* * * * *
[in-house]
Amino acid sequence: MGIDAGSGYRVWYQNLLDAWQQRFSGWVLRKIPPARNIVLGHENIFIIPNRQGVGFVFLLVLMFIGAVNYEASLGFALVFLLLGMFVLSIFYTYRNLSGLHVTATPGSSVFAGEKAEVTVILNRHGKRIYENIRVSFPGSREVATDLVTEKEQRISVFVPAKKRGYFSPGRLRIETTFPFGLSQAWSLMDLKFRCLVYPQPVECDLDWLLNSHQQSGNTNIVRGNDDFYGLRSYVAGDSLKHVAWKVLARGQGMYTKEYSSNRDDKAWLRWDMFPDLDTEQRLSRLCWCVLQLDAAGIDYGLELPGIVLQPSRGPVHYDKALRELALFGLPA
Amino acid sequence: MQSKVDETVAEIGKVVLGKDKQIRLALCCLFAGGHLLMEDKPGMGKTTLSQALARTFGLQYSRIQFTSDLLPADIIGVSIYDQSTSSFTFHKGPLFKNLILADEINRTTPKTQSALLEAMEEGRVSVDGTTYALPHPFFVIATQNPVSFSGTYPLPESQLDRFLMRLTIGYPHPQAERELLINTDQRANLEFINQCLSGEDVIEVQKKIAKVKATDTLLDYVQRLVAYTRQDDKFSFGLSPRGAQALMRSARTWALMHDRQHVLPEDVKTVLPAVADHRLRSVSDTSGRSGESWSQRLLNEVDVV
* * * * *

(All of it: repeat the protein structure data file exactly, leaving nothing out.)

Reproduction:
[in-house]
Amino acid sequence: MGIDAGSGYRVWYQNLLDAWQQRFSGWVLRKIPPARNIVLGHENIFIIPNRQGVGFVFLLVLMFIGAVNYEASLGFALVFLLLGMFVLSIFYTYRNLSGLHVTATPGSSVFAGEKAEVTVILNRHGKRIYENIRVSFPGSREVATDLVTEKEQRISVFVPAKKRGYFSPGRLRIETTFPFGLSQAWSLMDLKFRCLVYPQPVECDLDWLLNSHQQSGNTNIVRGNDDFYGLRSYVAGDSLKHVAWKVLARGQGMYTKEYSSNRDDKAWLRWDMFPDLDTEQRLSRLCWCVLQLDAAGIDYGLELPGIVLQPSRGPVHYDKALRELALFGLPA
Amino acid sequence: MQSKVDETVAEIGKVVLGKDKQIRLALCCLFAGGHLLMEDKPGMGKTTLSQALARTFGLQYSRIQFTSDLLPADIIGVSIYDQSTSSFTFHKGPLFKNLILADEINRTTPKTQSALLEAMEEGRVSVDGTTYALPHPFFVIATQNPVSFSGTYPLPESQLDRFLMRLTIGYPHPQAERELLINTDQRANLEFINQCLSGEDVIEVQKKIAKVKATDTLLDYVQRLVAYTRQDDKFSFGLSPRGAQALMRSARTWALMHDRQHVLPEDVKTVLPAVADHRLRSVSDTSGRSGESWSQRLLNEVDVV